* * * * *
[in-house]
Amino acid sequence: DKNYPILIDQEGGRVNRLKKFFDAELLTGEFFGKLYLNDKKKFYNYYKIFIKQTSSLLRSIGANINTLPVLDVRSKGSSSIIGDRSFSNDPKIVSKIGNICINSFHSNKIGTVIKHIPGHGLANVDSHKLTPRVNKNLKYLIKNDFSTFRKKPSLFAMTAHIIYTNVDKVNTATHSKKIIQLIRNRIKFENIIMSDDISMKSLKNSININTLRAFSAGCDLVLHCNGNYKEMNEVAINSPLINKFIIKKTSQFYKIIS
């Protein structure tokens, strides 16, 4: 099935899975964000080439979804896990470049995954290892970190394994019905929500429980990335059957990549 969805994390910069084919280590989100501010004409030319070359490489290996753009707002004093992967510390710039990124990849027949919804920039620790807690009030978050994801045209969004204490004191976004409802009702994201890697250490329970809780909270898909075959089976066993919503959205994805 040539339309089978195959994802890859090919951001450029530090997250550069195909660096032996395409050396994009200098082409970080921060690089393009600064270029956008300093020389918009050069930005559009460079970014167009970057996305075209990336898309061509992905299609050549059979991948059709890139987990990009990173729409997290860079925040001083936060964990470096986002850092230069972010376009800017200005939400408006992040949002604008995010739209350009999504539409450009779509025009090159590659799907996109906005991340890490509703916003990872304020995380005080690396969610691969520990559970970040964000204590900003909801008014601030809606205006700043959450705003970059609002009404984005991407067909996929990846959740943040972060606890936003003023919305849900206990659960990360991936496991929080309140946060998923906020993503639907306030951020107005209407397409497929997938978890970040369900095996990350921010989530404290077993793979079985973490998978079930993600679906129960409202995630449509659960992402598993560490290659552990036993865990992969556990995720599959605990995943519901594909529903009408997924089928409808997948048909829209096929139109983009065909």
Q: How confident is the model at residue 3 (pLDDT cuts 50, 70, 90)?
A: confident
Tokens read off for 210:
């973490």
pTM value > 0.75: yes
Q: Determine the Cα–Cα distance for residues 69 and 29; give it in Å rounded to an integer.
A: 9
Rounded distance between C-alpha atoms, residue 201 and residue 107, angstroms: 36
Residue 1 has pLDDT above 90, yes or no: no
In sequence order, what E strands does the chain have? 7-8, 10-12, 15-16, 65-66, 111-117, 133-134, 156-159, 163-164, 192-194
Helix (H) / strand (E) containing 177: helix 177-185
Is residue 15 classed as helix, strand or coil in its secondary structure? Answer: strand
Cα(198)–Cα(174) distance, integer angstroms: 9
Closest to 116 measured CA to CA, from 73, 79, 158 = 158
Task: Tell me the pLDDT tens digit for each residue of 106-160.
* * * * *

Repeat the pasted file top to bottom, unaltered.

[in-house]
Amino acid sequence: DKNYPILIDQEGGRVNRLKKFFDAELLTGEFFGKLYLNDKKKFYNYYKIFIKQTSSLLRSIGANINTLPVLDVRSKGSSSIIGDRSFSNDPKIVSKIGNICINSFHSNKIGTVIKHIPGHGLANVDSHKLTPRVNKNLKYLIKNDFSTFRKKPSLFAMTAHIIYTNVDKVNTATHSKKIIQLIRNRIKFENIIMSDDISMKSLKNSININTLRAFSAGCDLVLHCNGNYKEMNEVAINSPLINKFIIKKTSQFYKIIS
């Protein structure tokens, strides 16, 4: 099935899975964000080439979804896990470049995954290892970190394994019905929500429980990335059957990549 969805994390910069084919280590989100501010004409030319070359490489290996753009707002004093992967510390710039990124990849027949919804920039620790807690009030978050994801045209969004204490004191976004409802009702994201890697250490329970809780909270898909075959089976066993919503959205994805 040539339309089978195959994802890859090919951001450029530090997250550069195909660096032996395409050396994009200098082409970080921060690089393009600064270029956008300093020389918009050069930005559009460079970014167009970057996305075209990336898309061509992905299609050549059979991948059709890139987990990009990173729409997290860079925040001083936060964990470096986002850092230069972010376009800017200005939400408006992040949002604008995010739209350009999504539409450009779509025009090159590659799907996109906005991340890490509703916003990872304020995380005080690396969610691969520990559970970040964000204590900003909801008014601030809606205006700043959450705003970059609002009404984005991407067909996929990846959740943040972060606890936003003023919305849900206990659960990360991936496991929080309140946060998923906020993503639907306030951020107005209407397409497929997938978890970040369900095996990350921010989530404290077993793979079985973490998978079930993600679906129960409202995630449509659960992402598993560490290659552990036993865990992969556990995720599959605990995943519901594909529903009408997924089928409808997948048909829209096929139109983009065909």
Q: How confident is the model at residue 3 (pLDDT cuts 50, 70, 90)?
A: confident
Tokens read off for 210:
């973490």
pTM value > 0.75: yes
Q: Determine the Cα–Cα distance for residues 69 and 29; give it in Å rounded to an integer.
A: 9
Rounded distance between C-alpha atoms, residue 201 and residue 107, angstroms: 36
Residue 1 has pLDDT above 90, yes or no: no
In sequence order, what E strands does the chain have? 7-8, 10-12, 15-16, 65-66, 111-117, 133-134, 156-159, 163-164, 192-194
Helix (H) / strand (E) containing 177: helix 177-185
Is residue 15 classed as helix, strand or coil in its secondary structure? Answer: strand
Cα(198)–Cα(174) distance, integer angstroms: 9
Closest to 116 measured CA to CA, from 73, 79, 158 = 158
Task: Tell me the pLDDT tens digit for each residue of 106-160.